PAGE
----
Cross-country trail needs federal boost
Volunteers who helped build the 3,100-mile cross-country Continental Divide Trail say they tired of being put on the “back burner” by federal agencies managing construction.
U.S. Forest Service officials say they’re eager to cooperate, but a cash crunch has hampered their ability to bring on volunteers in major recreation projects like the Continental Divide Trail.
Paula Ward, an executive director of the Continental Divide Trail Alliance, says the U.S. Forest Service could give volunteer groups a much bigger role in plowing of the 3,100 mile trail that runs through Colorado on its way from Canada to the Mexican border.
“We can’t expand if the door’s only cracked open,” says Ward. “We want the door wide open. We can filter a ton of people through the door. We can make a much bigger difference.”
The problem is the Forest Service is lacking managers to supervise the volunteers who want to help plow the trail, says Francisco Valenzuela, a recreation planner based in the Rocky Mountain Regional office of Forest Service in Lakewood.
“Just imagine a lot of people with chain saws running around,” he says. “We want volunteers to have a good experience – a good-faith experience – and secondly, we want to make sure the efforts are geared toward accomplishing quality trail construction.”
The Continental Divide Trail Alliance is mobilizing a “wide spectrum” of citizens, volunteers, land managers and supporters to wrestle with problems that will determine the fate of scenic trail, Ward says.
The group is sponsoring TrailFest 2003, October 11 and 12 at the Golden Hotel in Golden. Its the organization’s fifth national conference.
“What we want to discuss is how the public, how the community, can be more engaged in getting this thing done,” Ward says. “It’s going to take a solid commitment from the Forest Service, who is charged with getting the trail done.
“It’s going to take commitment, people, money and resources to make it happen,” she says.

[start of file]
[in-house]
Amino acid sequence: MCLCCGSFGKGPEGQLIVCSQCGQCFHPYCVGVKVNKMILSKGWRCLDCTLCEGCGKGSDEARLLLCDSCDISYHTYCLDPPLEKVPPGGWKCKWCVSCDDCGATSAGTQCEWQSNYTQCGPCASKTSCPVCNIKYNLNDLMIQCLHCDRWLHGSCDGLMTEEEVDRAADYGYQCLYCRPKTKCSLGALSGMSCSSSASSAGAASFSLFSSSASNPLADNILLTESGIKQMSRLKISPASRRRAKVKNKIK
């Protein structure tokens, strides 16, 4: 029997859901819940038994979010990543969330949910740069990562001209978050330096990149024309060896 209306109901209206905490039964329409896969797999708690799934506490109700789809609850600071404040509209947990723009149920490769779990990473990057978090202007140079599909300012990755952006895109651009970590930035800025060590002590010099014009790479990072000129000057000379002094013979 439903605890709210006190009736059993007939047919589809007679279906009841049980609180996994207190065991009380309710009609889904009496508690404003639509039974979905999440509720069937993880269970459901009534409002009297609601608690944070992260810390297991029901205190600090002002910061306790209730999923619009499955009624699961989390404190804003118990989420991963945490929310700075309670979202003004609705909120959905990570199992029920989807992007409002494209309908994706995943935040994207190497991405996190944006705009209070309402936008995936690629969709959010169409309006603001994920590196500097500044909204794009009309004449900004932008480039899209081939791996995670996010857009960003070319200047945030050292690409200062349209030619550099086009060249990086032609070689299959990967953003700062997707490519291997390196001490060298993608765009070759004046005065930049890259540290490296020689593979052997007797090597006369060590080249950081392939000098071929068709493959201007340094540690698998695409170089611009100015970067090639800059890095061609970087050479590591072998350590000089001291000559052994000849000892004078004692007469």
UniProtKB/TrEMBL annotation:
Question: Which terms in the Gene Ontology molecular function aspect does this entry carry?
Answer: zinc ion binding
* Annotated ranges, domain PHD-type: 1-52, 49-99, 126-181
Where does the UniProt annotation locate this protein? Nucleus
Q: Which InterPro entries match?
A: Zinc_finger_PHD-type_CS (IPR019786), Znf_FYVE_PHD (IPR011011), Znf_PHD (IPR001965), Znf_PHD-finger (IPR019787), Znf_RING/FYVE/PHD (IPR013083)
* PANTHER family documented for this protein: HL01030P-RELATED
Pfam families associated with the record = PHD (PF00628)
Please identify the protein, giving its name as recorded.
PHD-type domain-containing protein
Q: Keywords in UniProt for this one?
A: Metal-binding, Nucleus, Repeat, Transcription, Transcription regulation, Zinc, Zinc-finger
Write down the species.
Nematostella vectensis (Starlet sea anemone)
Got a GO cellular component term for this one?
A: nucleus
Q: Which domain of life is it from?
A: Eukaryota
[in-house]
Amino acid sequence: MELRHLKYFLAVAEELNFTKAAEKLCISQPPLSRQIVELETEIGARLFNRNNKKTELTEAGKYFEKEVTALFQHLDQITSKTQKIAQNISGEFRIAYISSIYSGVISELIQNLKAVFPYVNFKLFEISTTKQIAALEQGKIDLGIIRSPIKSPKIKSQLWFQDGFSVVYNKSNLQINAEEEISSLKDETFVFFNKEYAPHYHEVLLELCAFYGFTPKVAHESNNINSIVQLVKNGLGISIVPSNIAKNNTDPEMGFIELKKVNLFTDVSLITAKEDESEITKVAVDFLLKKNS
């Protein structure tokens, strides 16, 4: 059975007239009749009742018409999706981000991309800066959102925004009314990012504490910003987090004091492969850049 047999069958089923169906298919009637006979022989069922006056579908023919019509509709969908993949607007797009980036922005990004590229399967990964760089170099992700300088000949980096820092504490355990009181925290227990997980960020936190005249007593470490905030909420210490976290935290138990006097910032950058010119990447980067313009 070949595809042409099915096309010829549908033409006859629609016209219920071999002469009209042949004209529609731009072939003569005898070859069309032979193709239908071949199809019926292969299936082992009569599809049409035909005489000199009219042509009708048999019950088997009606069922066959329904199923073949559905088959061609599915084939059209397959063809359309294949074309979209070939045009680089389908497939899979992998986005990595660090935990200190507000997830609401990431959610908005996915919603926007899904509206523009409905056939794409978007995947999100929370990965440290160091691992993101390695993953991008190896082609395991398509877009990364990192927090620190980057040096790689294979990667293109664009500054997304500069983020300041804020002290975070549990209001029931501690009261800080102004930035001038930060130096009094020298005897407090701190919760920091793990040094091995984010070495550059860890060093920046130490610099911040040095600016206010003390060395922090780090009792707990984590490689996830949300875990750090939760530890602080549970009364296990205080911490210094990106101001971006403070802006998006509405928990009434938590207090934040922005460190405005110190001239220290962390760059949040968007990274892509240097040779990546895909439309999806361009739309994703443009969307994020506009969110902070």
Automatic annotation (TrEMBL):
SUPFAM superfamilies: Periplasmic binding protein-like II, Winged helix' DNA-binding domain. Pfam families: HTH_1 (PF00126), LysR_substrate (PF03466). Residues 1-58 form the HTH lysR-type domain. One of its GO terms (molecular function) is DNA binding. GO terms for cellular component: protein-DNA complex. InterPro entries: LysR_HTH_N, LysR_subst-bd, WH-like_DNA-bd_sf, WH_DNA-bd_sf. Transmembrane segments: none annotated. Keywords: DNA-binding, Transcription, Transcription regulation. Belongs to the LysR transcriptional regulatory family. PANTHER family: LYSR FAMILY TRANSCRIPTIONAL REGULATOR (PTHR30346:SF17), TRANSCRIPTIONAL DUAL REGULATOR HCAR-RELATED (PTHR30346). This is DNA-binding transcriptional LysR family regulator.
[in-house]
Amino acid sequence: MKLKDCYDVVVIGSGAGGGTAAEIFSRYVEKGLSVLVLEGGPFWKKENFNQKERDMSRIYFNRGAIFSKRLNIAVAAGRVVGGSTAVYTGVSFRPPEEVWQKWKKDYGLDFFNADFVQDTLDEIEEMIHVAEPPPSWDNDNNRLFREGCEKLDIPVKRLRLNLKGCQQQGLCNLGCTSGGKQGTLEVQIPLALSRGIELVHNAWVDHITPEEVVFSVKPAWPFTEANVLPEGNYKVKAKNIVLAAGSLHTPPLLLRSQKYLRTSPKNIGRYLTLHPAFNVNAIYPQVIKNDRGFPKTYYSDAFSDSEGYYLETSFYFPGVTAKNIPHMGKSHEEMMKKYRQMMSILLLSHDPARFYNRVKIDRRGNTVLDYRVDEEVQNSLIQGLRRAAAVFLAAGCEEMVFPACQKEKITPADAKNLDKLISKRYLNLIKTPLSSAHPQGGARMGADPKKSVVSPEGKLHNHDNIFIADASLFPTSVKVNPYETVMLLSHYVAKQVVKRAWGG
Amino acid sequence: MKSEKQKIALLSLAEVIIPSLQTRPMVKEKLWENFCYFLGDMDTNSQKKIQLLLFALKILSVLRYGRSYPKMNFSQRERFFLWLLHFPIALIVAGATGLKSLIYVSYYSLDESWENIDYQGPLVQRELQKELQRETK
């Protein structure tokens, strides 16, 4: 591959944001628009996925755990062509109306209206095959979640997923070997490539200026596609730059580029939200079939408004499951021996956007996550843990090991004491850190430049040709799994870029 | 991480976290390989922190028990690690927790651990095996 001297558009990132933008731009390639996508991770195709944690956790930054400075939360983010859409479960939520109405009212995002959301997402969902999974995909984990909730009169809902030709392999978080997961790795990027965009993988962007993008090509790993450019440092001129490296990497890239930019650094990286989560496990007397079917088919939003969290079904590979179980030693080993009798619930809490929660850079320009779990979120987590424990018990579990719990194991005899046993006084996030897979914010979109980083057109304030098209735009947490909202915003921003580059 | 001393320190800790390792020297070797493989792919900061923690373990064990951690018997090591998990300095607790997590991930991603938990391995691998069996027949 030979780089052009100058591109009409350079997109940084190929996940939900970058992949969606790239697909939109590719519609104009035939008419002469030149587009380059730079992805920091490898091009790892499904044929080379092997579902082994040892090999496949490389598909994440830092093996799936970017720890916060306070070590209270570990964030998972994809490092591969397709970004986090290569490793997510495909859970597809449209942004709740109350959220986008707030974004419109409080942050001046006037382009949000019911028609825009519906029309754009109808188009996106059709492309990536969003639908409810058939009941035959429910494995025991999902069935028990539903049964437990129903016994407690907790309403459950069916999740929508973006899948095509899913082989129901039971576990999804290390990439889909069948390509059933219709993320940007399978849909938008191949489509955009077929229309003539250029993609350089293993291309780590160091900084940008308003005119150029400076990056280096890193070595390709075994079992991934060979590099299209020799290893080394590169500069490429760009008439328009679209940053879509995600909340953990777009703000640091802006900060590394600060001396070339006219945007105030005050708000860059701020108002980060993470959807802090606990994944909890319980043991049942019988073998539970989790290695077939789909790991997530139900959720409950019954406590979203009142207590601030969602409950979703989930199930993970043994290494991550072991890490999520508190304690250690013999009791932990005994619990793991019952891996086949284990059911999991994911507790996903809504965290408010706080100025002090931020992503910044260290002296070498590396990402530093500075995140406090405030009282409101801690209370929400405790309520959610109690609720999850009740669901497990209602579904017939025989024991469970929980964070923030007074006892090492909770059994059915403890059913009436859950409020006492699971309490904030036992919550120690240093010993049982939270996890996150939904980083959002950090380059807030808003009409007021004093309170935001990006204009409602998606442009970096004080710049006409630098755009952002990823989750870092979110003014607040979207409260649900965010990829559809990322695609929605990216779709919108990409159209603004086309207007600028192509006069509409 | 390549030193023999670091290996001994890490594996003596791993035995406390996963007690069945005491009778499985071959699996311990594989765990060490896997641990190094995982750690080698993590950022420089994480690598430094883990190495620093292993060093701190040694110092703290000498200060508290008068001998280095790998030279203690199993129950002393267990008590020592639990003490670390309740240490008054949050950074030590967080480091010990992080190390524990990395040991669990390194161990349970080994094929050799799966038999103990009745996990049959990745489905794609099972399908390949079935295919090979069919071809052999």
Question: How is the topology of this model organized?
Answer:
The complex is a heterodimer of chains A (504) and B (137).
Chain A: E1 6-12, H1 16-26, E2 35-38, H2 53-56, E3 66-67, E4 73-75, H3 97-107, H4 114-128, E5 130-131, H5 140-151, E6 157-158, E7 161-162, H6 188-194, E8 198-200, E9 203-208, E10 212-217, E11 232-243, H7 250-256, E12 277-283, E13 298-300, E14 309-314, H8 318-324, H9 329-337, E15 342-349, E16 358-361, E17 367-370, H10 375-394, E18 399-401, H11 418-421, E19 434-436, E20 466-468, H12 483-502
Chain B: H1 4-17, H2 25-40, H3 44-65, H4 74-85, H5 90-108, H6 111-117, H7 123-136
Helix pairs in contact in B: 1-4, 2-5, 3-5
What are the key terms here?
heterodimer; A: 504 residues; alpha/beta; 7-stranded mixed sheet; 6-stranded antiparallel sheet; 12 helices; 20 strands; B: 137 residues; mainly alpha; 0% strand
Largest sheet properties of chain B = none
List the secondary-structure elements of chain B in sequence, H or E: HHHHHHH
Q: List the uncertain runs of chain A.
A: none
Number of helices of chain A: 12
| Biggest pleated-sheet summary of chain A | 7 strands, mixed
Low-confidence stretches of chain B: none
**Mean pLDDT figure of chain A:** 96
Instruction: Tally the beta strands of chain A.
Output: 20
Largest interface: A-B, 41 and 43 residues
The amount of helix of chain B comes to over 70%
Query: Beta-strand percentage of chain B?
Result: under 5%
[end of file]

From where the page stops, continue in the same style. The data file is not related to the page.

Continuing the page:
Valenzuela says his agency appreciates the “outstanding” efforts of the volunteers working on the trial.
“It’d be great if we could get more people involved,” Valenzuela says. “We’re in total agreement with the Continental Divide Trail Alliance that we need to increase volunteerism.”
The Forest Service does plan use more volunteers, he says.
“We are struggling with our capabilities to supervise and manage volunteers,” he said. “You need trained volunteers and you need supervision. We are so understaffed, it’s difficult to provide that level of support at this time. However, it’s our vision to greatly increase the amount of volunteers on the National Forest.”
The agency is working on a solution, he says. The Forest Service is working a groups called Volunteers for Outdoor Colorado to develop volunteer leadership training program. That organization and the Forest Service should be able to produce a group of volunteers qualified to supervise other volunteers, he says.
“They’re actually going to be able to supervise,” he says. “The Forest Service is not growing and the only way use volunteers is to create a new cadre of volunteer leaders.”
Ward says trail construction has been overshadowed by the national effort to reduce the risk of forest fires. Ward says the trails are not receiving the attention they deserve.
“Our goal is to complete a non-motorized Continental Divide trail by 2008,” Ward says. “It will take widespread public involvement and increased commitment from the federal land management agencies to make this happen.”
When completed, the Continental Divide Trail – or “King of Trails” – will stretch 3,100 miles between Canada and Mexico along the backbone of America through some of the most wild and picturesque landscapes in North America, members of the Trail Alliance say.
“This spectacular trail, designated in 1978 by Congress, will ultimately be a premier non-motorized, primitive and challenging experience and will traverse some of the most spectacular scenery in the world,” says Royal Robbins, a Continental Divide Trail Alliance board member.
The trail includes dozens of unique ecosystems, three national parks and thousands of historical, cultural and scenic landmarks, Ward says.
“These are assets and resources for the American people,” Ward says, “and they keep getting put on the back burner.”
Matt Zalaznick can be reached at 949-0555, ext. 606, or via e-mail at email@example.com.